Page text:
Big names don't always translate into gains

Feb 11, 2014

In this issue:
» India raises concerns over USFDA audits
» Bad loans plague India's banking sector
» 2G spectrum auctions bother telco investors
» Could Bitcoin be banned?
» ...and more!

 Chart of the day
There is one thing common to crises. They all are eye openers. As the famous saying by Warren Buffet goes, 'Only when the tide goes out do you discover who's been swimming naked'. And the good part about them is that they are precursors to significant corrections.

In this context, an article in Business Standard offers an interesting analysis. The event in question is the global financial crisis in 2008.

The period post crisis led to a rerating for India's most valuable businesses. Those which fell from grace include the likes of Anil Ambani group, Essar Group and Jaypee Group etc.. Thus some of the biggest bluechips in India have been the wealth destroyers. They have seen erosion in the market valuation since the 2008 crisis, as highlighted in the chart below. Even top 20 corporate groups (pre crisis era) have together gained just 4.8% in terms of market cap (CAGR) between FY08 and FY13.

Market value erosion across India's top business conglomerates

Some of the main issues with the big groups were overexposure to cyclical sectors and high leveraging. With sole focus on growth and least regard for the risk management, these companies borrowed heavily at a time when debt was cheap and easily available. However, India's growth story did not unfold as expected and hence such companies suffered. Even when the economic scenario improves, we believe the biggest losers will struggle to make comeback. This is because they will be busy cleaning their balance sheets while the performers will race ahead making the most of the growth opportunities.

Investors have some important lessons from the crisis and its impact. That is, not to get carried away by big names and blue chip stocks. While the latter boast of good track record with regards to growth, balance sheet size and liquidity, what they do not ensure is the robustness of the economic model in bad times. The slowdown that followed the period of crisis exposed some such companies.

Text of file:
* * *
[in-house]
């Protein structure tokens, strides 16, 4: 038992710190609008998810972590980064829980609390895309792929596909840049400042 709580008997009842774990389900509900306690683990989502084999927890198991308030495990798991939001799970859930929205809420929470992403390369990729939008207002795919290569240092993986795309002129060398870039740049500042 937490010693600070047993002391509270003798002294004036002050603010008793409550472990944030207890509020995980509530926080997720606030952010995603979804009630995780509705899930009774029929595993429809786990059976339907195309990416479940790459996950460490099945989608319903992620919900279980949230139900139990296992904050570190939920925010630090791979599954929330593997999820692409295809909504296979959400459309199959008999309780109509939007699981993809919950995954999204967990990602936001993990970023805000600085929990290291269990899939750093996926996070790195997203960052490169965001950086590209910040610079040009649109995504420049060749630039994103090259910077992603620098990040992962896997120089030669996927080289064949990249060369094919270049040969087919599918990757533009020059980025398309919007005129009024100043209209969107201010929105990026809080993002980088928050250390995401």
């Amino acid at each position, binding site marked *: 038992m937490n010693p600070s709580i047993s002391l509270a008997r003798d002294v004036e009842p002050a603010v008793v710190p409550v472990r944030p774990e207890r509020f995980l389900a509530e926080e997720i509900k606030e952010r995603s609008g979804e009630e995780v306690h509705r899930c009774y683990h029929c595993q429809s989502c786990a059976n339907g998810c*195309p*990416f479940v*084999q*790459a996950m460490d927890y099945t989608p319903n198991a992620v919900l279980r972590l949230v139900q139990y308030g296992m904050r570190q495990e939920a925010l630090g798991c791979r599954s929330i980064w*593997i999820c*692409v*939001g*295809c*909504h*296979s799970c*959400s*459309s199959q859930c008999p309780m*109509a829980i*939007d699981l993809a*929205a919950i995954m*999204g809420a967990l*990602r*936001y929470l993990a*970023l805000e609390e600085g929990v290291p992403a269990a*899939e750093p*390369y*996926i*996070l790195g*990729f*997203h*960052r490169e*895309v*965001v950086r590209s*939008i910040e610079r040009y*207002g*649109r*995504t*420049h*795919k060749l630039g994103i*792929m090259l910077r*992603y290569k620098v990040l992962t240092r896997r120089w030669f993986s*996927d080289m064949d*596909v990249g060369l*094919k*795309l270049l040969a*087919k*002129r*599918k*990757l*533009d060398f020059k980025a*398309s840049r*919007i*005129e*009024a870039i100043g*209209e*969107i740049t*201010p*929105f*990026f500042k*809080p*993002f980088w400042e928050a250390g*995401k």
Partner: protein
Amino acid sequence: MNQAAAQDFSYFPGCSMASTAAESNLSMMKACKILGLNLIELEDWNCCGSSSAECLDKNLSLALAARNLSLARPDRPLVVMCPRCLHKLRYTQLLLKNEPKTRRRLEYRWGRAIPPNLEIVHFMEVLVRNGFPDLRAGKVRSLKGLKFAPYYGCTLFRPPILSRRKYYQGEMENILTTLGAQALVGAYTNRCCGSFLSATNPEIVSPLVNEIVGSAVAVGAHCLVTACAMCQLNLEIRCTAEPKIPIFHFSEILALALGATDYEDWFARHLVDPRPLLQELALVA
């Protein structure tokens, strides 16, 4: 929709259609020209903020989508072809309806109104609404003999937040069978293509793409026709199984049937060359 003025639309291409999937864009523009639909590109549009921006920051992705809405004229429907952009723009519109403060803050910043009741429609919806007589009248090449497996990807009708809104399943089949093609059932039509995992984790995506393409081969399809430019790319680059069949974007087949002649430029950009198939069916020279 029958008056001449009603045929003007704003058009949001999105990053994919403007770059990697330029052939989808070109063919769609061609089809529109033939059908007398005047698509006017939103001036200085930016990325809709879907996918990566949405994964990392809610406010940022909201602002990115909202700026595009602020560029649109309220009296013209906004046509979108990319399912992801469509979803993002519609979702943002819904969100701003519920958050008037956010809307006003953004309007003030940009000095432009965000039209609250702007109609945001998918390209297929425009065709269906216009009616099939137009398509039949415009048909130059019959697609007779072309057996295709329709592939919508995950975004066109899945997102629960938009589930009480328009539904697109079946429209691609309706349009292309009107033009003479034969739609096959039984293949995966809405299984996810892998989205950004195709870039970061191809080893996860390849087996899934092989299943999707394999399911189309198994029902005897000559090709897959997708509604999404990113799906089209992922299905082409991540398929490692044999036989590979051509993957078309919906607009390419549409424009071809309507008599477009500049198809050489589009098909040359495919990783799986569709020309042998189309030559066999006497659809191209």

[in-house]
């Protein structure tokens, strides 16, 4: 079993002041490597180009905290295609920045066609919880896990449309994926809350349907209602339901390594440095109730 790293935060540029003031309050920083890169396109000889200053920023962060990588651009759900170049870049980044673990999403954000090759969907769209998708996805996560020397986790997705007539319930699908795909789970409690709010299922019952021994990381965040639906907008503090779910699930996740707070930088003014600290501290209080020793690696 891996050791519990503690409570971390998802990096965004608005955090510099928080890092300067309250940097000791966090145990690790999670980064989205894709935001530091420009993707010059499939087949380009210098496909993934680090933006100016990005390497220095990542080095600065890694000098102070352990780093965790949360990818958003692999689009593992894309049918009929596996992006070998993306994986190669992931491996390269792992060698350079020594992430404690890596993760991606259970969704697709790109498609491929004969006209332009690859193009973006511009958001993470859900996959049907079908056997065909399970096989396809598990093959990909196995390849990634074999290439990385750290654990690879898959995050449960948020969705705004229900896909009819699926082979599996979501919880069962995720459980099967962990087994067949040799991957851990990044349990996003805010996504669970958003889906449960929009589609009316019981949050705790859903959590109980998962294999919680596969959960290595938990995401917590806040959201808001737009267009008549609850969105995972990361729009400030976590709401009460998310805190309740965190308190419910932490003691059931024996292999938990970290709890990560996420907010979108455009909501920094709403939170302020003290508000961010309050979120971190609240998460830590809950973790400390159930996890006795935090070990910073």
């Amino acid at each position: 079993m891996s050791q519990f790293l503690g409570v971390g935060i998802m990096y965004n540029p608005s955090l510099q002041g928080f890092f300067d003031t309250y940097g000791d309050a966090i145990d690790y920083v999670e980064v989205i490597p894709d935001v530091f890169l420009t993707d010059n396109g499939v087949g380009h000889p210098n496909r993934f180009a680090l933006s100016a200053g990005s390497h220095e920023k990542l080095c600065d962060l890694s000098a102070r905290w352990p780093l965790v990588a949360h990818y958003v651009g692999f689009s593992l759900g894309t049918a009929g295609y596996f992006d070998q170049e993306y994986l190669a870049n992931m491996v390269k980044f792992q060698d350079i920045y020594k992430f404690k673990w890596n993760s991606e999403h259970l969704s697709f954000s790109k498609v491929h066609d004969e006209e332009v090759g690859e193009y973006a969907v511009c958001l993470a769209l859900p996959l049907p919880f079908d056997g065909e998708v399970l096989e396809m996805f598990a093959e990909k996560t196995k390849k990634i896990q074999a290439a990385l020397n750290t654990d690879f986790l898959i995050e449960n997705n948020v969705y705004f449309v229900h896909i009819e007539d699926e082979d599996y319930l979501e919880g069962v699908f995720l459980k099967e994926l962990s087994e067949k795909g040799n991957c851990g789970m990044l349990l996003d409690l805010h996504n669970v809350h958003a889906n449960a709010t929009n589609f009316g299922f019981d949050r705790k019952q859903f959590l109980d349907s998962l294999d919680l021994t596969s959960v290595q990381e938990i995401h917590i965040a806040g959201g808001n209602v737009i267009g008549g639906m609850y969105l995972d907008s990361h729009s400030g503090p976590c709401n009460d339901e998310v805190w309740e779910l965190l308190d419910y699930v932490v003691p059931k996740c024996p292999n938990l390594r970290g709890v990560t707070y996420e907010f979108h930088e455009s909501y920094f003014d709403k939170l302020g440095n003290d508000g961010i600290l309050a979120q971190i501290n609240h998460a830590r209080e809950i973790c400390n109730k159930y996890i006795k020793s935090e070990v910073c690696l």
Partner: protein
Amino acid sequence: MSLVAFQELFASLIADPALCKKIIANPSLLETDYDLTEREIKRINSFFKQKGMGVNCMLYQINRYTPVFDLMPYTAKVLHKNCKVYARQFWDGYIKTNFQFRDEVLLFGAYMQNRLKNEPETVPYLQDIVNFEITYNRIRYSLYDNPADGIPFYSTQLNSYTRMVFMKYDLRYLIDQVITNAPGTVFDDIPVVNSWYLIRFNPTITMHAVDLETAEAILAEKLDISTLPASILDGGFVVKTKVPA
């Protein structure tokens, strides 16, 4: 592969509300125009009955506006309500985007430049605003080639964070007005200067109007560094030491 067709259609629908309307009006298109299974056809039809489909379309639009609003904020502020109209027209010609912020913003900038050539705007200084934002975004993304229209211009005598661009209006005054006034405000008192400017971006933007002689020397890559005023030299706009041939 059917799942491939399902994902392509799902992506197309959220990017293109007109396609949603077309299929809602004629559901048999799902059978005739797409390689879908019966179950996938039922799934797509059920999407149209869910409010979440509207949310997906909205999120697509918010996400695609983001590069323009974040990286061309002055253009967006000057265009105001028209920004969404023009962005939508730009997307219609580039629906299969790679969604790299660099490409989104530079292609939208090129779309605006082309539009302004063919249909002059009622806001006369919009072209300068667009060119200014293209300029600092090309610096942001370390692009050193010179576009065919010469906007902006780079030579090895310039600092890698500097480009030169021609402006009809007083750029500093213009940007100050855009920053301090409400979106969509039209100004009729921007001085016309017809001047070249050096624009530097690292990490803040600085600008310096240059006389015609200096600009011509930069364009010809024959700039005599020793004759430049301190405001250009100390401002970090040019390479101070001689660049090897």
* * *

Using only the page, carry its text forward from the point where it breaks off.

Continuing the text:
It is with this point in mind that we suggest investors to focus on quality of management and strength of balance sheet (rather than size) and attractive valuations. In short, a growing business that does not offer consistent and adequate returns could eventually erode shareholder wealth.

Do you think all blue chips can qualify as good investments? Let us know your comments or share your views in the Equitymaster Club.

--- Advertisement ---
Is your stock portfolio ready for this uncertain future?

No one really knows where this crisis is headed.

It could get worse. Or maybe it could get over sooner than expected.

So, is your stock portfolio ready for this uncertain future?

Do you have Safe Stocks in your portfolio? Click here for full details...

The Indian pharma industry's troubles with the USFDA are well known. It began with two of Ranbaxy's plants being issued an import alert by the US regulator. Since then most of the big players have been given warnings for failing to comply with good manufacturing practices (GMP) norms. The severity of the issue for each company has been different. But is goes without saying that Ranbaxy has faced the maximum brunt for consistent failure to adhere to GMP norms. Because of these issues, the USFDA has also stepped up the number of surprise checks that it would conduct on Indian plants. However, as reported in the Financial Express, India has raised concerns over the way the USFDA has been conducting audits on the plants of Indian companies. It claims that there have been instances when the regulator has not had proper discussions with the companies concerned following audit inspections. Even when clarifications were asked for, harsh decisions were taken before the companies could respond to the queries. India has also questioned the quantum of penalties imposed on some companies declaring them to be too harsh. The commerce ministry has claimed that all of these actions have been hurting exports of Indian drugs to the US. The commerce ministry has brought up the matter with the USFDA. Thus, there are hopes that both the parties come to a meaningful solution to the problem. Indian companies, in the meanwhile, will have to step up efforts to make their plants GMP compliant so that the instances of warning letters and import alerts significantly reduce.

Say you deposit Rs 100 in a bank. The bank typically lends out Rs 80 from the same (average credit deposit ratio is 80%). Against the deposit of Rs 100 the bank maintains networth of Rs 8 (average debt to equity is around 12-14 times). Now if the bank is not able to recover as much as 10% of the loan (Rs 8), it means nearly the entire networth against the deposit gets wiped off. Such is the dire scenario the Indian banking sector is staring at. As per rating agency S&P, the problem of rising bad loans in Indian banking sector is far from hitting the roof. It estimates the stressed assets in Indian banking sector to go up to as much as 12% by FY15. And that could mean several banks finding the capital adequacy ratio (CAR) below the RBI stipulated minimum of 9%. Hit by such a problem, United Bank of India has already suspended all lending activity for an indefinite period. And we would not be surprised to find several smaller banks finding themselves in a similar contagion. Hence investors need to be extremely wary of investments in the sector despite attractive valuations.